Civil War was the last possible means to resolve the slavery issue.
It came down to what Lincoln told the people of Illinois in 1858 which was basically that the nation could not remain half free and half slave; it had to become one or the other.
All options had been exhausted: the Kansas – Nebraska bill of 1854, the Dred Scott case in 1857 and John Brown’s raid in 1859 were the final pieces of the puzzle.
By the time of the presidential election of 1860, each side was stronger in their beliefs and some on each side were willing to act upon them.
The question in my mind, as well as in many others who have studied the Civil War period, is why didn’t we follow England’s course and abolish slavery thirty or forty years before the war came? One reason was because the country did not have a William Wilberforce in its midst. He spent his lifetime working to rid England of slavery.
It is seems clear today that the South was not going to do anything to end slavery.
As the presidential election of 1860 drew near, and if Abraham Lincoln were elected, some of the southern states were ready to secede. He was elected and South Carolina on December 20, 1860 voted to secede.
In the 1790’s slavery was losing ground in America. In his book, “Meet General Grant,” W. E. Woodward strongly suggests that without Eli Whitney’s invention of the cotton gin slavery would not have survived as long as it did. In my reading of the Civil War and its causes I believe that Mr. Woodward is correct in how important the cotton gin was and how it saved slavery from an early demise.
Another quote from Mr. Woodward’s book, “Slavery was concentrated in the warm, damp lands of the seacoast, where the chief crops were rice, indigo and tobacco.
In the cultivation of these products animal drudgery was worth more than intelligence.”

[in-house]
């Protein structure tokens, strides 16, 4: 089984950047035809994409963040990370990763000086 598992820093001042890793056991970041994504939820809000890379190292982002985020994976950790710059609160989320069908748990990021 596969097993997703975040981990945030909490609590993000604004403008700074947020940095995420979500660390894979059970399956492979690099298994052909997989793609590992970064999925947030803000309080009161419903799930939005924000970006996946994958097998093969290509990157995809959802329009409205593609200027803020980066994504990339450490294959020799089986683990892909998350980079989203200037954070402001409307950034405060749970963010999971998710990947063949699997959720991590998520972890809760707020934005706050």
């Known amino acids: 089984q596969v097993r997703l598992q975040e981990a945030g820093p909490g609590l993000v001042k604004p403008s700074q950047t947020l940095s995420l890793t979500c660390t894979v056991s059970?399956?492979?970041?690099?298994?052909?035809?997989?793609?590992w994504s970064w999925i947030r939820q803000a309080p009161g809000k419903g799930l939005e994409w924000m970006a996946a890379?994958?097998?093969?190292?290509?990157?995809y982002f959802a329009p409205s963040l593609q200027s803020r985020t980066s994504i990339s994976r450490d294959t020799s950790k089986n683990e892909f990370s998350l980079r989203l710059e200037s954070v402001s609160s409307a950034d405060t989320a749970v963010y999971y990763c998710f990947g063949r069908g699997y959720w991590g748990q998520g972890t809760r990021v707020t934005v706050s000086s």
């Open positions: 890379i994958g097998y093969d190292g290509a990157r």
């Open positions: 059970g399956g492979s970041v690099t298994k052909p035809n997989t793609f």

As we know, cotton became king and slavery was perpetuated in the South and was spreading westward. Any talk of gradual emancipation soon died off.
Mr. Woodward also states that “Whitney’s invention was the most momentous achievement of a single individual that has ever occurred on the American continent.”
Of course he wrote this in the 1920’s and at that point in our history it may have been true. What the cotton gin did to perpetuate slavery into the 1850’s and bring about the
Civil War that cost the lives of 620,000 plus Americans is both monumental and horrendous in the effect it had on our country.
Slavery was the cause of the American Civil War. Any attempt to change history only takes away from what Lincoln and those that survived the war and those that died for the cause – both North and South – did. They answered the question; should slavery be continued and expanded or should it be abolished? Some historians are still debating this question yet today.
I believe Lincoln did what he could to solve the question of slavery. He was one of the first, if not the first president to welcome Negroes in the front door of the White House. Frederick Douglass, Sojourner Truth and others visited him in the People’s House. Although on Douglass’s last visit on the occasion of a reception for the second inauguration, he was stopped twice before being allowed in. When he finally got in and Lincoln saw him, he said for all to hear, “Here comes my friend Douglass.”
When Sojourner Truth came to visit Lincoln he signed her autograph book to “Aunty Sojourner Truth.” There is a picture of her with Lincoln on her visit but it is a composite.
Few Negroes ever saw Lincoln and fewer still would have talked to him. He was well thought of by them throughout the land and the following will illustrate just how much they thought of him.
“The [black] people of Baltimore, to show their appreciation … of President
Lincoln in the cause of human freedom, contributed $580.75 to have a copy of the Bible bound in purple velvet, mounted in gold and engraved with a representation of Lincoln striking the shackles from a slave, . . .”
The Bible was given to Lincoln at the White House in September of 1864.
Don C. White is a historian from Palos Hills who has written a book on the Civil War